- South Carolina Gamecocks - February 13, 2016 - 12:00 PM EST - Colonial Life Arena, Columbia, S.C. - ESPN
Anthony Davis’ extraordinary talents warranted the honor anyways, but thanks to the voting of the Big Blue Nation, Davis will be featured in the Jan. 9 “NEXT” issue of ESPN The Magazine.
Davis was voted as “the next big thing” in basketball from a pool of several other promising prospects. The prize? Davis gets to be featured inside the magazine with a story written by Elena Bergeron. The article, which we have an excerpt of below, profiles his ascent from a 6-foot-3 high school guard to a 6-10 shot-blocking machine for the University of Kentucky.
Fans can read the full story here, but here is a small excerpt:
UNTIL 24 MONTHS AGO, Anthony Davis was a nondescript set of initials. “Most people call me AD; I’ve never had nicknames based on my game,” says the Kentucky forward. Of course not. Nicknames are a statement, affectionate and brief, describing the most obvious hook of a person.
When he was an oversize infant born in Chicago, his family took to calling him Fat Man — a name that held most of the way through high school. But when puberty (and the basketball gods) stretched him seven inches over a few months during his junior year, it was time for a new moniker. Now, seeing the 6’10” Davis creeping along the court in practice, sticky limbs shooting out from nowhere, Kentucky coach John Calipari has taken to calling him Spider-Man. “He just goes ‘pfft’ and his arms go and he’s hanging in the air,” Calipari says.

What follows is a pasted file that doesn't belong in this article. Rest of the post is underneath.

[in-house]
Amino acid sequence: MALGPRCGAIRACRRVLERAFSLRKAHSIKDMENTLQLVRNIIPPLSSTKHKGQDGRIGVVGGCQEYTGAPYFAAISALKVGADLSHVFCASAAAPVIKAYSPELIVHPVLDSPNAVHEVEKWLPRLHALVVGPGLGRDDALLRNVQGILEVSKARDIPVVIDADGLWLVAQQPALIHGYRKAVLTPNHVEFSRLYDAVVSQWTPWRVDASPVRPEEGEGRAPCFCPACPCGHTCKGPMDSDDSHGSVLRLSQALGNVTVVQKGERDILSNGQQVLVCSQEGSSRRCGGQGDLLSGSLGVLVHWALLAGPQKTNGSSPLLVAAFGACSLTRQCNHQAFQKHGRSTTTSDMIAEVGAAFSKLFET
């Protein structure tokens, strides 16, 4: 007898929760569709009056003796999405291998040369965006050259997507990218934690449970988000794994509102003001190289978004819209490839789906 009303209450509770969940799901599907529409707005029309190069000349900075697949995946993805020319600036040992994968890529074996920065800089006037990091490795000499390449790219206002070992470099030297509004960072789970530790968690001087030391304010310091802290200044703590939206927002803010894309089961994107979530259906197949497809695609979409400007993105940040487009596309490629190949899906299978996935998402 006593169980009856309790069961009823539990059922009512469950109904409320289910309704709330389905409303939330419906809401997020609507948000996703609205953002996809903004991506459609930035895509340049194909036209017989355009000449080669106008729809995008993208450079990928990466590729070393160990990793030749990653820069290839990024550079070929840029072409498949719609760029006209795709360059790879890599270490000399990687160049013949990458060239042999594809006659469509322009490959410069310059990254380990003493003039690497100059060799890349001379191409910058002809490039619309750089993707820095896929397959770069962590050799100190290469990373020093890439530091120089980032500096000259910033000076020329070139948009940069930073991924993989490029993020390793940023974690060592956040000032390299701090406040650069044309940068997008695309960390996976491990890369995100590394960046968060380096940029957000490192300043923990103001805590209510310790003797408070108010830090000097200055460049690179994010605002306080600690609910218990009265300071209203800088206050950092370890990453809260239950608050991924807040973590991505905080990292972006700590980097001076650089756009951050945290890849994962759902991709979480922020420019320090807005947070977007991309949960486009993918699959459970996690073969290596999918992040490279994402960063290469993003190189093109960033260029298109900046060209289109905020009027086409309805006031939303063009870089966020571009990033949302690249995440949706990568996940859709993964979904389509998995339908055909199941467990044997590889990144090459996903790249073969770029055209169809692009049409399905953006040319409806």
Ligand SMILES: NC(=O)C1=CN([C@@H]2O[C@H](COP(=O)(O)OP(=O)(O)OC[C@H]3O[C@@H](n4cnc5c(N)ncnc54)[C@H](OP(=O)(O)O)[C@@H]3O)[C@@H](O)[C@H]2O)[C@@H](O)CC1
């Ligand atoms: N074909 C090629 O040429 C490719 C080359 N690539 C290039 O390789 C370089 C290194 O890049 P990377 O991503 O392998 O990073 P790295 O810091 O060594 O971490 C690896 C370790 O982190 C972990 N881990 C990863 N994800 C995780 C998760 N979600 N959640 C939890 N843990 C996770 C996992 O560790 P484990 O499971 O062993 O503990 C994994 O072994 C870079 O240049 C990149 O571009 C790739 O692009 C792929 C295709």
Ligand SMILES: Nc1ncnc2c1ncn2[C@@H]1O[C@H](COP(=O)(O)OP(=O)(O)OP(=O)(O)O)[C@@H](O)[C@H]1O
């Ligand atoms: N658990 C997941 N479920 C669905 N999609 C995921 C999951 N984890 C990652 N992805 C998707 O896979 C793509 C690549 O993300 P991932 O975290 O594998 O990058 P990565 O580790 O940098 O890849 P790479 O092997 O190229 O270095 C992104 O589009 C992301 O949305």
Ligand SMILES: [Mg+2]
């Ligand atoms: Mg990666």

Davis is just starting to get comfortable inside his taffy physique — his version of a superhero suit. Two months into the season, the 220-pound freshman has already saved a win against North Carolina, snuffing John Henson’s last-second jumper like spit on a birthday candle. On that play alone, Davis showed why he isn’t just Tall Guy or Big Fella.
It also proved that he’s figured out how to control those yards of limbs to his advantage. And people are taking notice. Fewer than 10 games into his college career, Davis was already being eyed as the No. 1 pick in the 2012 NBA draft. Says a Western Conference scout of the Henson block, “I saw that and I just thought, He’s the type of player who justifies the entire NBA draft process.”
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